Activity Holiday Grades
How grades are established:
A walking and activity grade is a subjective concept since its establishment relies mostly on the standards defined by the company responsible. Having that idea in mind, it’s important to consider that all grades can best be described as both comparative and indicative, requiring an individual assessment of the personal level of fitness and adaptation.
The criteria that define difficulty grades:
Terrain – A low-level walk in easy good paths will be graded easier than a walk with pathless sections and/or difficult terrain.
Cumulative height gain – Walks with larger demanding ascents will be graded higher than level walks.
Total distance – The longer the walk the harder the grade.
Equipment required – Easier grade walks can normally be completed with minimal equipment. In harder walks, it’s highly suggested to assess the safe level of equipment that needs to be carried taking into account weather and route difficulty.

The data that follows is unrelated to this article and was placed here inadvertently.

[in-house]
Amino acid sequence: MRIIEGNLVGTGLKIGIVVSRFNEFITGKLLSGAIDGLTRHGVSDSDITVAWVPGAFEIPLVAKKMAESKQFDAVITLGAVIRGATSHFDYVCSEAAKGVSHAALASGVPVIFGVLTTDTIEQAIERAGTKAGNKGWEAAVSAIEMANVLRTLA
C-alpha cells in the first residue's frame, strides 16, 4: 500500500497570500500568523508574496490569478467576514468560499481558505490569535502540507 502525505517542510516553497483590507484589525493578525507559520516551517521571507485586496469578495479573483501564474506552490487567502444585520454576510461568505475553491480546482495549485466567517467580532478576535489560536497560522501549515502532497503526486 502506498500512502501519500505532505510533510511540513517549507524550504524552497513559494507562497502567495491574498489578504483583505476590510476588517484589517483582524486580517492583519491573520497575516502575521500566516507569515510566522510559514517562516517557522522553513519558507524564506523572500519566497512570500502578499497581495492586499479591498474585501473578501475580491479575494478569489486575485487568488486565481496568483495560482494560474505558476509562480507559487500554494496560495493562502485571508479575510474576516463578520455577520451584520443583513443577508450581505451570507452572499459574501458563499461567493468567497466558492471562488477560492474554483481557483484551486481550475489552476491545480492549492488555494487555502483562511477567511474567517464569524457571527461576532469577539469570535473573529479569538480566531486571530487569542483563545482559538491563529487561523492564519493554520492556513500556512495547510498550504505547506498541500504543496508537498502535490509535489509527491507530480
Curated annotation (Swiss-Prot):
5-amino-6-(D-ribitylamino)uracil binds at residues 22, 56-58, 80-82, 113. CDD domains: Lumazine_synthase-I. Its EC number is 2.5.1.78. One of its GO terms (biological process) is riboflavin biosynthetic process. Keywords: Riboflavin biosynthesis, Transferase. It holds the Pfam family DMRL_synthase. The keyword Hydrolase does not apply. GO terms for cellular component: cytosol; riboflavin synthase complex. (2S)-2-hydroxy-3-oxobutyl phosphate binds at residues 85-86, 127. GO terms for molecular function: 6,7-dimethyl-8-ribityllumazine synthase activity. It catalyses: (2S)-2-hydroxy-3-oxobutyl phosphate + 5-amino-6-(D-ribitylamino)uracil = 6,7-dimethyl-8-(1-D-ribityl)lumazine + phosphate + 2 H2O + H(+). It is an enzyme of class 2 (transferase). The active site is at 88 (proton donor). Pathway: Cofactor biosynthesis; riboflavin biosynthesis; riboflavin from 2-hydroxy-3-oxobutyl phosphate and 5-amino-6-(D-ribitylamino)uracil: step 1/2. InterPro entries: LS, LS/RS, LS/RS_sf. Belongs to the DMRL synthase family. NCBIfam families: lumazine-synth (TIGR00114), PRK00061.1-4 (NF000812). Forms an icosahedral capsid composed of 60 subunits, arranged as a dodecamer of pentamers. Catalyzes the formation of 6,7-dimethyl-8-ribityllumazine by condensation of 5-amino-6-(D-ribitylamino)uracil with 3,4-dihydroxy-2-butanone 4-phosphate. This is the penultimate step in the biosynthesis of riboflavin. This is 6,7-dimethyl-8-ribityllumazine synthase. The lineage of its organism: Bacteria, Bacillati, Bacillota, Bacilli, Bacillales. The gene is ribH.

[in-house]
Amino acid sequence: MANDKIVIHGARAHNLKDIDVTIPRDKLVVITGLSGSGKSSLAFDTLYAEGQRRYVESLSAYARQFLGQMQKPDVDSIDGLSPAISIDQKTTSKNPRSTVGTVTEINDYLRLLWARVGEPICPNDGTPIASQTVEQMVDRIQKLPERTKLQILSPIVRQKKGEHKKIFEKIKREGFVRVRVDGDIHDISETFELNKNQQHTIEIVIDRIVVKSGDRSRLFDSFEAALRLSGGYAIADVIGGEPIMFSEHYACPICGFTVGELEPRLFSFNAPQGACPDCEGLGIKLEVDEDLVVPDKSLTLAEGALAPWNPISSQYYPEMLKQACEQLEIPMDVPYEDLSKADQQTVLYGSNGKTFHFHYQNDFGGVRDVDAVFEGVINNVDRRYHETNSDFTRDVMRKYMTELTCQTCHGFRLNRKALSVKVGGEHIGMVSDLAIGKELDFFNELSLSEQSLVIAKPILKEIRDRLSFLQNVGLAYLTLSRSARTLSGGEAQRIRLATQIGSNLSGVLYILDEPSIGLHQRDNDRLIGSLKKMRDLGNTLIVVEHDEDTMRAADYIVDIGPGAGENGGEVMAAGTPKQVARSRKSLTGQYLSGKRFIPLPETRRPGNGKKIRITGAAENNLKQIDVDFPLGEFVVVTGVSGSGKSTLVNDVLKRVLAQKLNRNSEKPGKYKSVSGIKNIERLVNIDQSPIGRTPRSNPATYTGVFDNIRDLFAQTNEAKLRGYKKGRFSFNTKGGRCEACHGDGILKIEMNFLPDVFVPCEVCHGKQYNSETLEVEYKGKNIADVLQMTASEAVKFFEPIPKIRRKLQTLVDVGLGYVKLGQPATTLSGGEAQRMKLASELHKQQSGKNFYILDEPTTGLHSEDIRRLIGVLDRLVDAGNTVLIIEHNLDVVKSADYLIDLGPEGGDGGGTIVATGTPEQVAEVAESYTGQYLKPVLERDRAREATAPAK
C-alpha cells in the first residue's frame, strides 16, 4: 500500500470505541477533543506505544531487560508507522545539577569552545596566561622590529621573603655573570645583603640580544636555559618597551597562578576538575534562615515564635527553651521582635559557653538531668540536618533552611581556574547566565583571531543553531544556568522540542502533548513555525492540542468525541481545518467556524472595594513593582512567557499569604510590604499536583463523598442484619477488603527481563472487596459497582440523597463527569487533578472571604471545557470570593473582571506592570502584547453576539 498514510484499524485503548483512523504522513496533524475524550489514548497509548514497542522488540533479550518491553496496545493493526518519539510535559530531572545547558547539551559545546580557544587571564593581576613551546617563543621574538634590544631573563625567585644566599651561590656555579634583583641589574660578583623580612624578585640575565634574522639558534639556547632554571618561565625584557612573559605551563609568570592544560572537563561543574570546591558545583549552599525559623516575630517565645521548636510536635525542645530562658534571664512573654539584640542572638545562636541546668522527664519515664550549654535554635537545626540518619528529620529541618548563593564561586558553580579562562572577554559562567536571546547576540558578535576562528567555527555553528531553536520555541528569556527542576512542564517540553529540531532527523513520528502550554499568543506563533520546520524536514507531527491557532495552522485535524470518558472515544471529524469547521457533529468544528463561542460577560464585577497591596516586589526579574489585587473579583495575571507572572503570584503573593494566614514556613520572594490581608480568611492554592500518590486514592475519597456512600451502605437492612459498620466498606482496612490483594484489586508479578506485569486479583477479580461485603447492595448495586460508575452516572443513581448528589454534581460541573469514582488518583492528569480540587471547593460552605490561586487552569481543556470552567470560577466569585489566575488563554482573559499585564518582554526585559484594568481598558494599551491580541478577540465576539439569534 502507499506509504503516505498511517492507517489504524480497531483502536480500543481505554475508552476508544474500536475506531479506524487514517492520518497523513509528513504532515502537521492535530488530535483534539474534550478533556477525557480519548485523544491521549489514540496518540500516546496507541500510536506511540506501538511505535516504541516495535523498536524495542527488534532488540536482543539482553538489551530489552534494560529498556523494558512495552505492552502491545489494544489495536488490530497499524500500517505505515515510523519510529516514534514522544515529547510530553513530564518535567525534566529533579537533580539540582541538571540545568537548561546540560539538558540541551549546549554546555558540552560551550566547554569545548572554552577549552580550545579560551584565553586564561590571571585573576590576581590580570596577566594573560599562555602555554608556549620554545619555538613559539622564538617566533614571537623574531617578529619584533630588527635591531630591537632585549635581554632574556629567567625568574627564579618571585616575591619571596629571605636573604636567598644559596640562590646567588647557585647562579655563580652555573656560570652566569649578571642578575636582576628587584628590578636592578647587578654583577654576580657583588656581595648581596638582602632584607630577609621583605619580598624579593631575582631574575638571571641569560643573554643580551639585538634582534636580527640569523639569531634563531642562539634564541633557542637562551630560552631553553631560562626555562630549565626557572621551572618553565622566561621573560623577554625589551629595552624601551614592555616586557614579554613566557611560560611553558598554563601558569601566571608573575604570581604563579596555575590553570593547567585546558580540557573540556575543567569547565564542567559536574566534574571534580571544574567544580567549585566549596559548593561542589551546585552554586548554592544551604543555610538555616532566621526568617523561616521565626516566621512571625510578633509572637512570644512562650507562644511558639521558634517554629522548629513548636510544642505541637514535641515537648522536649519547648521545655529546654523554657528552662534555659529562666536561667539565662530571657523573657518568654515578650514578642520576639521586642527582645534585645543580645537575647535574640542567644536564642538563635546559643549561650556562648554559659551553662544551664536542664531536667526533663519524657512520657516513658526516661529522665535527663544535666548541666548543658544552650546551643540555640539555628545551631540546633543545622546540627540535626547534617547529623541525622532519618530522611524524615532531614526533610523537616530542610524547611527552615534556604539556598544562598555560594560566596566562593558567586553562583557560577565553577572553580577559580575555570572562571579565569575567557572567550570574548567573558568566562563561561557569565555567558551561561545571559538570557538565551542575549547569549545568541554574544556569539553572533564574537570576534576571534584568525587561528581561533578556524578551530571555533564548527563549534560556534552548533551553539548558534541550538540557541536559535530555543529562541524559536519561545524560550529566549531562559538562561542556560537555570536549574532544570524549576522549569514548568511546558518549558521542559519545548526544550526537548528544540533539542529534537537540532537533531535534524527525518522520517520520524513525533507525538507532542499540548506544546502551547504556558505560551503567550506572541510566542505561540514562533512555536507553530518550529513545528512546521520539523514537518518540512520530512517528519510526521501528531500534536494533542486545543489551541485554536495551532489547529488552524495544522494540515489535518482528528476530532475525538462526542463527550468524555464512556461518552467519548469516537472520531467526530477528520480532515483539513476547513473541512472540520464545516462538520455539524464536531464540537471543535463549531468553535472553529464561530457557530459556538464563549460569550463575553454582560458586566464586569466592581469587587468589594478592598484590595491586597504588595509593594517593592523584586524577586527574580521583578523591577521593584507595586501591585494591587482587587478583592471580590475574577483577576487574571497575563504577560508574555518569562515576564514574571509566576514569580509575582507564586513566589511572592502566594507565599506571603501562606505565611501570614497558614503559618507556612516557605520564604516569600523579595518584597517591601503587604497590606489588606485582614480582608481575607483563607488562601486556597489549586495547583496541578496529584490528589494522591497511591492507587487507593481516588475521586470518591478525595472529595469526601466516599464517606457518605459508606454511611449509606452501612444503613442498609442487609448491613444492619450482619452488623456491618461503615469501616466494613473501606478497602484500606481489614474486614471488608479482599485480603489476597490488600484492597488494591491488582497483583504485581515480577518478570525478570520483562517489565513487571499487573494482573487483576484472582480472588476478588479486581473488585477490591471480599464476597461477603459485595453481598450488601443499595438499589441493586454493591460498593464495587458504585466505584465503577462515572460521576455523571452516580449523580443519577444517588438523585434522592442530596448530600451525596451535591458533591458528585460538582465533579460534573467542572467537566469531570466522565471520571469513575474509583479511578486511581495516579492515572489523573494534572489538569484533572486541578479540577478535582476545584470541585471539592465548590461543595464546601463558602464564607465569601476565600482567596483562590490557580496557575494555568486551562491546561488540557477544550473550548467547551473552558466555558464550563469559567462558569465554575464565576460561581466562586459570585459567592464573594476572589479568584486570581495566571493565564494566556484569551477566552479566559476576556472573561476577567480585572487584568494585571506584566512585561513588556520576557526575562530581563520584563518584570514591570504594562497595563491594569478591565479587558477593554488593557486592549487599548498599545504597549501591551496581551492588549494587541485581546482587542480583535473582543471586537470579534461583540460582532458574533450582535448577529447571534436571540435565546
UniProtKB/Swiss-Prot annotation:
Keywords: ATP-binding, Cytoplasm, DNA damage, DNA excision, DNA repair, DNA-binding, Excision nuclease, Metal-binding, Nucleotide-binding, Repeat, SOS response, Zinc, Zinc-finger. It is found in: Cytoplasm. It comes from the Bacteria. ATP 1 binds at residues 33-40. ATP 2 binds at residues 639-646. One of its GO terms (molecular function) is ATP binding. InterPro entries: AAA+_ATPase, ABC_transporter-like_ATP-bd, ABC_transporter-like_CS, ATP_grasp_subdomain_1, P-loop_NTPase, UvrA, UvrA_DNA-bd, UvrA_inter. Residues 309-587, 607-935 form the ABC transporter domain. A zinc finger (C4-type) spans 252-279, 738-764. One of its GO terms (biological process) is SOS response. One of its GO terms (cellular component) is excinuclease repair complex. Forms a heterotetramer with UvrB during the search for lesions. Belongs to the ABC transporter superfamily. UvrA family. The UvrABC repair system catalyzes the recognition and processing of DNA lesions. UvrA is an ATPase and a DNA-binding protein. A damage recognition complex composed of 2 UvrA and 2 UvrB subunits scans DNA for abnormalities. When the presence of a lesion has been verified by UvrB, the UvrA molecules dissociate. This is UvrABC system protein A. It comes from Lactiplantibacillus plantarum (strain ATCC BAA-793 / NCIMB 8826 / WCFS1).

Navigation and compass skills – The use of a map, preferably at a 1:25000 scale is recommended as good navigation skills can help with route-finding if the instructions are unclear. In addition in more difficult terrain and in poor weather, navigation skills and the use of a map are vital. In some walks, the use of GPS is highly recommended
It’s important to have in mind that a grade is based on the assumption that the route can be completed in reasonable weather conditions. If not, remember that nature elements as fog and heavy rain can cause sudden disorientation, rivers, and small streams can become all of a sudden too deep or hard, and strong winds can make some ridges and mountainous areas very dangerous. Thunderstorms put walkers at risk, especially on high land. In these eventful situations map reading, compass skills, and common sense may prove to be vital.